By 2020, the Internet of Things (IoT) is expected to have as much as a $15 trillion impact on the world’s economy. Once the current challenges of integration, skill fragmentation, and agility associated with the fusion of IoT, Big Data, and Traditional Data systems are addressed, data omniscience can be achieved, enabling innovative new ways for consumers to access and use financial services. With this new technology, the following scenario can become a reality:
Dan Moody drives to his local bank branch. As he approaches, the bank’s app recognizes that he is approaching the branch, and immediately runs analytics that predicts the reason for Dan’s visit. In this case, the app uses fog and cloud analytics to determine that the customer typically visits the branch twice a month to get documents notarized and to make trust allocation adjustments. Since this requires private banking services, the bank branch automatically places the customer in the private banking queue.
Once Dan passes the front door, a beacon communicates with the Bank’s phone app. The phone app sends an alert to the bank noting that Dan has entered the bank branch. Dan then receives a message on his phone that asks him if he wants private banking services today. He responds “yes” and is immediately directed to a conference room, where “Samantha Williams will meet him in 5 minutes”. Dan goes to the conference room where a beacon confirms that he has entered. This alerts an associate to ask Dan if he wants any water or coffee while he waits.
While entering the bank, cameras performed facial and other biometric analytics on Dan’s face and body structure and verified that the person who entered was likely Dan. To improve this determination, IoT based analytics verified that the customer was driving his usual IoT connected car, was carrying his usual IoT connected smartphone, and was wearing his usual IoT connected smartwatch. Additional analytics on the smartwatch health data determined that the customer was having a bad day. The threshold for authenticating Dan was met and is forwarded to Samantha’s pad computer. She knows that she will be meeting Dan in 4 minutes, he has had a bad day, will likely need notary and trust allocation adjustment services. She also was notified of recent account actions and specific information on the customer’s taste preferences.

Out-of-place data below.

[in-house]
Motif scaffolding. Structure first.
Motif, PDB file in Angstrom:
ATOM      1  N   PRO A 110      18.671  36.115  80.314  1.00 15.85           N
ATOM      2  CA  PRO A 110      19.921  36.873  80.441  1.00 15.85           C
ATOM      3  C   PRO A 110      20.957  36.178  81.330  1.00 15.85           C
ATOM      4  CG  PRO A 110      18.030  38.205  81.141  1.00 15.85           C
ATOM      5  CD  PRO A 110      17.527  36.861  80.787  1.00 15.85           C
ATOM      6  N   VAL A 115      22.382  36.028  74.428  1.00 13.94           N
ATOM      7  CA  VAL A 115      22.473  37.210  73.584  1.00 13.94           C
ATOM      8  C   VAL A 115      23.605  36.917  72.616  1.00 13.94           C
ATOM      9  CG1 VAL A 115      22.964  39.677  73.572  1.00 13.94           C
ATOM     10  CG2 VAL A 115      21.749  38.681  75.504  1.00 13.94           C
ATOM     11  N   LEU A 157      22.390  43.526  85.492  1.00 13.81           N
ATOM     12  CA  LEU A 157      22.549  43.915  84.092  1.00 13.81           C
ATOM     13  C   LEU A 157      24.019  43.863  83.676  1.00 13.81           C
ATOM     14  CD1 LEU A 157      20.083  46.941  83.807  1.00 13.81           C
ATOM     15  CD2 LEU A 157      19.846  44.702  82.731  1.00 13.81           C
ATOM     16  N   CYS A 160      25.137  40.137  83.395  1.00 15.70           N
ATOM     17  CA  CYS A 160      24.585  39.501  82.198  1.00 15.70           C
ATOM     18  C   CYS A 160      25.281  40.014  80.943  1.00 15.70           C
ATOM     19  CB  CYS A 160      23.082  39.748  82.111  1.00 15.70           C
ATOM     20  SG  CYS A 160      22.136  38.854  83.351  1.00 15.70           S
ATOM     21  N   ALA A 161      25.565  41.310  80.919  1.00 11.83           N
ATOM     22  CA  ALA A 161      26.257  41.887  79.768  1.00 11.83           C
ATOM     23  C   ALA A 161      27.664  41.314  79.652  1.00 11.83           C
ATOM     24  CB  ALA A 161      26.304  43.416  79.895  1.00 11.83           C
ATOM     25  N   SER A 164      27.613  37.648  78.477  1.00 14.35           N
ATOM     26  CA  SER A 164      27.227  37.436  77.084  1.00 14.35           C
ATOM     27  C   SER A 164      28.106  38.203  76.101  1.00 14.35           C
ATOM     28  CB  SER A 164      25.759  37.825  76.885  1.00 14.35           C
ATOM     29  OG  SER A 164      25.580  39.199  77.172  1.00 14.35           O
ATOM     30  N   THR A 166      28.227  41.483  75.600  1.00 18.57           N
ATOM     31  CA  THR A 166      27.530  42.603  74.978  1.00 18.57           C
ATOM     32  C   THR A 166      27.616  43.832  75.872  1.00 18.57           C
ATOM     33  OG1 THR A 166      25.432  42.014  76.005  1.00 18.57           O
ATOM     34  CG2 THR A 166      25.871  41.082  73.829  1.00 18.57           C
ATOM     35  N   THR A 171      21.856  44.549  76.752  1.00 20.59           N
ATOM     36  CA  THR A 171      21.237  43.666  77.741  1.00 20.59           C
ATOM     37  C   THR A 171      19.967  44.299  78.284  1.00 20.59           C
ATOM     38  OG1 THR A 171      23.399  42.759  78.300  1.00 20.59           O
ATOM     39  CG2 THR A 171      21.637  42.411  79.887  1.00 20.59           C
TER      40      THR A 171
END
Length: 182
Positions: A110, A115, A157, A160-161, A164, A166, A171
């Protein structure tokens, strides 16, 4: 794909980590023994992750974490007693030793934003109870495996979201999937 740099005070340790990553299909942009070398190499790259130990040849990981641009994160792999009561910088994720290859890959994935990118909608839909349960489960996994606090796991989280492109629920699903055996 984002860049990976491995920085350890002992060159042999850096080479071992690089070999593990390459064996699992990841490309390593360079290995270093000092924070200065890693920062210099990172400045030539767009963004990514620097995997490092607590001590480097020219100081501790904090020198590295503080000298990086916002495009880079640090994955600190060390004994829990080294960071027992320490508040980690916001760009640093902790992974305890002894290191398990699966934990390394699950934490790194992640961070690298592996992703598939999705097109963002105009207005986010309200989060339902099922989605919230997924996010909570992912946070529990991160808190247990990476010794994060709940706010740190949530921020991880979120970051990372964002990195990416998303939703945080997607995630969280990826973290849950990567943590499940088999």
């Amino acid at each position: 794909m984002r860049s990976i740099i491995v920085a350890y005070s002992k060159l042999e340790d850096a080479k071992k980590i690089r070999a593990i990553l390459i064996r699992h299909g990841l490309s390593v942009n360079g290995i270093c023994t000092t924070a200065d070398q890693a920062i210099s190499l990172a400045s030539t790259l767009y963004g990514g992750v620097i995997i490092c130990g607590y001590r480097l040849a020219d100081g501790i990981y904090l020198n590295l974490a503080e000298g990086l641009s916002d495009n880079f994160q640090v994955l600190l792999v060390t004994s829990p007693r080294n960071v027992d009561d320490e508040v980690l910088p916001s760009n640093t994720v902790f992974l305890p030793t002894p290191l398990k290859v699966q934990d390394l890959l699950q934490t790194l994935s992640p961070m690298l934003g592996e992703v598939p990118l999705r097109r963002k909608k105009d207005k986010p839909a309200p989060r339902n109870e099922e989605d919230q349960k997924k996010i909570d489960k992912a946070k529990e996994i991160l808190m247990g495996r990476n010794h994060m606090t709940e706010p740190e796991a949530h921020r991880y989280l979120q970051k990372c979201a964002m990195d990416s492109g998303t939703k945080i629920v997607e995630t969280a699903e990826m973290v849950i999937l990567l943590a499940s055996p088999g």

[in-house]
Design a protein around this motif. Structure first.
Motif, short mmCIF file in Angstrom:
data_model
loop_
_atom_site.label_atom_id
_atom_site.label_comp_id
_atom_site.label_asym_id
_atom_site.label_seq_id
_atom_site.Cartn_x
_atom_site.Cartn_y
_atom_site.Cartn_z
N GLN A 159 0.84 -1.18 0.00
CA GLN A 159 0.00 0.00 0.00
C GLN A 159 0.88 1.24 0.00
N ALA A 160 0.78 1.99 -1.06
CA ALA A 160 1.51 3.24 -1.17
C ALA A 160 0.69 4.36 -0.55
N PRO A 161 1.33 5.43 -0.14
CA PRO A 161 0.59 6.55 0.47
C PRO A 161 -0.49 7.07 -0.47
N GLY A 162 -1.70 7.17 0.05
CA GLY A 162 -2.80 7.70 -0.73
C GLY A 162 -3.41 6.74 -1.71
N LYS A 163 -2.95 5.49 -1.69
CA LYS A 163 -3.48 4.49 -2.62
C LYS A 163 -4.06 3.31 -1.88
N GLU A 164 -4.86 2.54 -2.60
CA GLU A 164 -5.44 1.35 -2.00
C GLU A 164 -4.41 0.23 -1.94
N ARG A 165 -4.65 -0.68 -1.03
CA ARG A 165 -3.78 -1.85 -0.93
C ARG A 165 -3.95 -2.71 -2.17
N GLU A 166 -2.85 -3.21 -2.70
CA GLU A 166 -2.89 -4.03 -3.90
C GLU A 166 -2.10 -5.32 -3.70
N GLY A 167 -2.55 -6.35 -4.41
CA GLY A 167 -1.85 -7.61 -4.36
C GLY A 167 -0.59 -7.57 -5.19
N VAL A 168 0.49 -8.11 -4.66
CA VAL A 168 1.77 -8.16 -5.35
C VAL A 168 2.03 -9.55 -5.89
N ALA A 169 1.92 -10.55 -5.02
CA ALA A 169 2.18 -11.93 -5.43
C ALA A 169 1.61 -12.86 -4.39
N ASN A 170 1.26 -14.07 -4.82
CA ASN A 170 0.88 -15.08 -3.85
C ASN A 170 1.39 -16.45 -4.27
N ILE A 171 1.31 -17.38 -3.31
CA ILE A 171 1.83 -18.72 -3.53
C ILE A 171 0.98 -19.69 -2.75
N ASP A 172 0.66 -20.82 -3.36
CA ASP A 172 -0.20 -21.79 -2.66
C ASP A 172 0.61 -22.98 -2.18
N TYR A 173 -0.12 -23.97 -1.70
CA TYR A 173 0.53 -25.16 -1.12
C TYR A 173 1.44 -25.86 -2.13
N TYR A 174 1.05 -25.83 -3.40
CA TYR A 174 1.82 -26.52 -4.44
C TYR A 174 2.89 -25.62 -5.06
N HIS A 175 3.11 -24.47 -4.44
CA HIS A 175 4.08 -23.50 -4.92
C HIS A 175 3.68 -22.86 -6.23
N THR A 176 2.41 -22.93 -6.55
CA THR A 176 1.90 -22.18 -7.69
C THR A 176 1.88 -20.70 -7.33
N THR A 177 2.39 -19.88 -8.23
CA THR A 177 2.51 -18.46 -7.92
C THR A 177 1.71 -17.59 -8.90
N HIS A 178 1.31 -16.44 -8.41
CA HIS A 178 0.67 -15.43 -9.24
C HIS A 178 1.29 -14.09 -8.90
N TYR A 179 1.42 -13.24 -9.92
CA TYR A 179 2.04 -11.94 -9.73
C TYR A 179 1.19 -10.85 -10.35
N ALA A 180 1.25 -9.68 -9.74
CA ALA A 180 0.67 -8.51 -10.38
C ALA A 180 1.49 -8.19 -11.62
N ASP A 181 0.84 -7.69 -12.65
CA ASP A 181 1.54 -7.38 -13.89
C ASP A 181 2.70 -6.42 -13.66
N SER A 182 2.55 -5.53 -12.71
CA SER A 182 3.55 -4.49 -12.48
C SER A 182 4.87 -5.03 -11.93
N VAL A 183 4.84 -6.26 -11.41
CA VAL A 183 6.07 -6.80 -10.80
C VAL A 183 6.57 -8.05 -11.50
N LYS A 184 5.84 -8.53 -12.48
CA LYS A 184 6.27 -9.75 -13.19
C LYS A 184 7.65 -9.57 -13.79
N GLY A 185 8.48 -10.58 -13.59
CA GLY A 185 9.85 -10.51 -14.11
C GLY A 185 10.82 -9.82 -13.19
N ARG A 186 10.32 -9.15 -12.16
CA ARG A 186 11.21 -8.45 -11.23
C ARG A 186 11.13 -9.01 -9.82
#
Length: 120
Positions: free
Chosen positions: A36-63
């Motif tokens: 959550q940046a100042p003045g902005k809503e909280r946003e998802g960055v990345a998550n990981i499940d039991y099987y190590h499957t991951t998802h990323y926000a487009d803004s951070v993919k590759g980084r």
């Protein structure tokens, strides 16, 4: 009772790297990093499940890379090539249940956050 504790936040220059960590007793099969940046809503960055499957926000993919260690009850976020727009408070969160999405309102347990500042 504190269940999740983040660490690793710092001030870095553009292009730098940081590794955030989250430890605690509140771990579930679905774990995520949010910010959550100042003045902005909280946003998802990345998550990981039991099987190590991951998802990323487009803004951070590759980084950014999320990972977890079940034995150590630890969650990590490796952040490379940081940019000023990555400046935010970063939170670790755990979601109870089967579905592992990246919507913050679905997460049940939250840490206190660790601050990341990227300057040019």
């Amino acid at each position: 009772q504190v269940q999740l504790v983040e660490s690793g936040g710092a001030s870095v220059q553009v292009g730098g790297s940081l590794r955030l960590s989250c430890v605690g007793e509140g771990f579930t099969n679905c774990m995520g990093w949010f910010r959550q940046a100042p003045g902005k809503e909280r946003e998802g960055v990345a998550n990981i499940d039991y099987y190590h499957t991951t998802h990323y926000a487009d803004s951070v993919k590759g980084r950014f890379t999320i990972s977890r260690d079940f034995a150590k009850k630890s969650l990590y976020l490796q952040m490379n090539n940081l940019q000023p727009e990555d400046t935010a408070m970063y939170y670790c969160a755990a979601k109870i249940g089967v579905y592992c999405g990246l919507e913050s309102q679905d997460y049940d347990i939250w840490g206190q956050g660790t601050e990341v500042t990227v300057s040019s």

This information enables Samantha to enter the conference room, provide better customer services, and then complete the transaction more efficiently. In this case, service was so good that, when offered, Dan accepted the bank’s IoT payment service, that enables his refrigerator to sense things like his household has run out of milk, and then automatically order a fresh carton from the local grocery store. His car is also attached to this payment service, enabling him to leave the parking lot via the express exit.
Speed to data insight and ability to access all traditional and all IoT data all of the time is the key enabler to this kind of next generation banking solution. Implementing the above use case requires the ability to (1) Detect a data event; (2) Determine a Root Cause; and then (3) Respond by changing one or more controls (data, process, or physical). The speed of change is only limited by the change validation and verification required for health, safety, and financial reasons. With this toolset, companies can conduct real time experiments while incorporating traditional data science practices on the expected 100 fold increase in the amount of data collected by financial services companies by 2020. This new data can better help the financial services sector serve customers and provide more innovative product offerings to help the consumer of the future.
In essence this change is:
From Static Data Decisioning – where devices are pre-programmed with a static processing workflows. Once deployed, updating or changing a workflow is a manual process that typically takes weeks to months. Systems assume a constant function throughout their lifespan.
To Dynamic Data Decisioning – where devices are pre-programmed with a set of goals and devices figure out what algorithms and workflows to use to accomplish said goals. Goals can be updated in real time to reflect the ever-changing world. Systems assume a evolving functions throughout their lifespan.
This change is enabled when the integration, skill fragmentation, and agility associated with the fusion of IoT, Big Data, and Traditional Data systems are addressed. Once this happens, the true value of the IoT is unleashed. Prepared Financial institutions will be positioned to benefit immensely.
- A consolidated team collaborates to manage a set of systems
- Most systems are a data silo (even big data systems)
- Most processing is batch, even in the streaming domain
- Long timelines required to respond to changing operational requirements
- Centralized Operations Center, Distributed Data, Responsive Operations, Self Organizing Systems
- A blended team
- Data is shared between systems with minimal duplication
- Blended Fog+Cloud Systems: self-repairing, self-optimizing
- Shared algorithms between systems
- Near-zero timeline required to respond to changing operational requirements
Chris Howard is the Founder and CEO of the Kersplody Corporation.